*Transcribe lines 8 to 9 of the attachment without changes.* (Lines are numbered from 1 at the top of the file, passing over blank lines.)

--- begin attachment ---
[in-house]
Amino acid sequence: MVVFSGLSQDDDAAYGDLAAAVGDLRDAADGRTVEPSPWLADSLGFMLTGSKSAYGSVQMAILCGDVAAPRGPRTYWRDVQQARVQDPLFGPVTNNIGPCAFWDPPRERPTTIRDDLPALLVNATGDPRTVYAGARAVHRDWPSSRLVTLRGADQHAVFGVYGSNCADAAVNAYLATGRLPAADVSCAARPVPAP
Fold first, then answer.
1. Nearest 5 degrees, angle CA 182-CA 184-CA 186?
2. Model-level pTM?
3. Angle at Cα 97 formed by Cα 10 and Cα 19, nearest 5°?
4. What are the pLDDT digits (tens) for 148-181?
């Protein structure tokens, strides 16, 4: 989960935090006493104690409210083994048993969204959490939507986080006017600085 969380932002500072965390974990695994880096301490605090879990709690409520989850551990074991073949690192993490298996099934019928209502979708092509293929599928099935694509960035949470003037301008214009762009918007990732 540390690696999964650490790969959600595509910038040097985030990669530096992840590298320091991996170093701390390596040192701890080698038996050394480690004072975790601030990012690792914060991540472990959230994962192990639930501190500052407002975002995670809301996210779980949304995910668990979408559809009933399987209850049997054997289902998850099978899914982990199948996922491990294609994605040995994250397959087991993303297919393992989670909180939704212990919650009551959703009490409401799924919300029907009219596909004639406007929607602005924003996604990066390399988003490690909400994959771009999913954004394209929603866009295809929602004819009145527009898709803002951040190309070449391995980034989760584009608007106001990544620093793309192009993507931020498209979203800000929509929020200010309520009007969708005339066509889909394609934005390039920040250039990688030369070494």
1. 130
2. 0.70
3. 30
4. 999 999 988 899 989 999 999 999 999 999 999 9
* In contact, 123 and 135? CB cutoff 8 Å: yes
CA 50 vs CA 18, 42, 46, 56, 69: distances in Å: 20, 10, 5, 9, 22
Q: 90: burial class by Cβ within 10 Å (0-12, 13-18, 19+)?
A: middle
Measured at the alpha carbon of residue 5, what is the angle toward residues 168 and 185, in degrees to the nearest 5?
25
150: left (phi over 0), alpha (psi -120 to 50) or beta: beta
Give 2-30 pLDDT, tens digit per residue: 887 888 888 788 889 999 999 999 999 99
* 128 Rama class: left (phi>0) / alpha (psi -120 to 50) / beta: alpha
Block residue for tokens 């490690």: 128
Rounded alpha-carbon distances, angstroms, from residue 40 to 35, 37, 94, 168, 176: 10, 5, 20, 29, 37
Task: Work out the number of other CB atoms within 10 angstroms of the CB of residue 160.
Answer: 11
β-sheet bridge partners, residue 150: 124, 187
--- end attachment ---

């Protein structure tokens, strides 16, 4: 989960935090006493104690409210083994048993969204959490939507986080006017600085 969380932002500072965390974990695994880096301490605090879990709690409520989850551990074991073949690192993490298996099934019928209502979708092509293929599928099935694509960035949470003037301008214009762009918007990732 540390690696999964650490790969959600595509910038040097985030990669530096992840590298320091991996170093701390390596040192701890080698038996050394480690004072975790601030990012690792914060991540472990959230994962192990639930501190500052407002975002995670809301996210779980949304995910668990979408559809009933399987209850049997054997289902998850099978899914982990199948996922491990294609994605040995994250397959087991993303297919393992989670909180939704212990919650009551959703009490409401799924919300029907009219596909004639406007929607602005924003996604990066390399988003490690909400994959771009999913954004394209929603866009295809929602004819009145527009898709803002951040190309070449391995980034989760584009608007106001990544620093793309192009993507931020498209979203800000929509929020200010309520009007969708005339066509889909394609934005390039920040250039990688030369070494």
1. 130